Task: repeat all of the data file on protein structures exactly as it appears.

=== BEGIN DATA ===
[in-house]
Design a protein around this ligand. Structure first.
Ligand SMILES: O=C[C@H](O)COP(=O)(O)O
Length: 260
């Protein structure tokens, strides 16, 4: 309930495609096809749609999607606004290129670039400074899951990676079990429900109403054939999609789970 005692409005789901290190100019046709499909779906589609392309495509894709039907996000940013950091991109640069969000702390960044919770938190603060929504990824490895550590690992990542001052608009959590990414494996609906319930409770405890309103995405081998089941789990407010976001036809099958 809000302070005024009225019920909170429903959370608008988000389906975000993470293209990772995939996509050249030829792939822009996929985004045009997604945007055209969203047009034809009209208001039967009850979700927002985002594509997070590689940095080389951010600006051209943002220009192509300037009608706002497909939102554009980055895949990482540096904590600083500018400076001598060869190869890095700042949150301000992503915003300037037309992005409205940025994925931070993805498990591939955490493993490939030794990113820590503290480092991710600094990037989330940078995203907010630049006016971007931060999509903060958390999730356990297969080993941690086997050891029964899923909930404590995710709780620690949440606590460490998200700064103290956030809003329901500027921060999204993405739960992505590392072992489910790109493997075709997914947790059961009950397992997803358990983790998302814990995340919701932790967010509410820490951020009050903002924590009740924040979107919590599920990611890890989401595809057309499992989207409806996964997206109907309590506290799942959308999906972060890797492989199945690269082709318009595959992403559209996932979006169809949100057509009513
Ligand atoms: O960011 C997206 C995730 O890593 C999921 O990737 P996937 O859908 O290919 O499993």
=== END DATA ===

[in-house]
Design a protein around this ligand. Structure first.
Ligand SMILES: O=C[C@H](O)COP(=O)(O)O
Length: 260
């Protein structure tokens, strides 16, 4: 309930495609096809749609999607606004290129670039400074899951990676079990429900109403054939999609789970 005692409005789901290190100019046709499909779906589609392309495509894709039907996000940013950091991109640069969000702390960044919770938190603060929504990824490895550590690992990542001052608009959590990414494996609906319930409770405890309103995405081998089941789990407010976001036809099958 809000302070005024009225019920909170429903959370608008988000389906975000993470293209990772995939996509050249030829792939822009996929985004045009997604945007055209969203047009034809009209208001039967009850979700927002985002594509997070590689940095080389951010600006051209943002220009192509300037009608706002497909939102554009980055895949990482540096904590600083500018400076001598060869190869890095700042949150301000992503915003300037037309992005409205940025994925931070993805498990591939955490493993490939030794990113820590503290480092991710600094990037989330940078995203907010630049006016971007931060999509903060958390999730356990297969080993941690086997050891029964899923909930404590995710709780620690949440606590460490998200700064103290956030809003329901500027921060999204993405739960992505590392072992489910790109493997075709997914947790059961009950397992997803358990983790998302814990995340919701932790967010509410820490951020009050903002924590009740924040979107919590599920990611890890989401595809057309499992989207409806996964997206109907309590506290799942959308999906972060890797492989199945690269082709318009595959992403559209996932979006169809949100057509009513
Ligand atoms: O960011 C997206 C995730 O890593 C999921 O990737 P996937 O859908 O290919 O499993």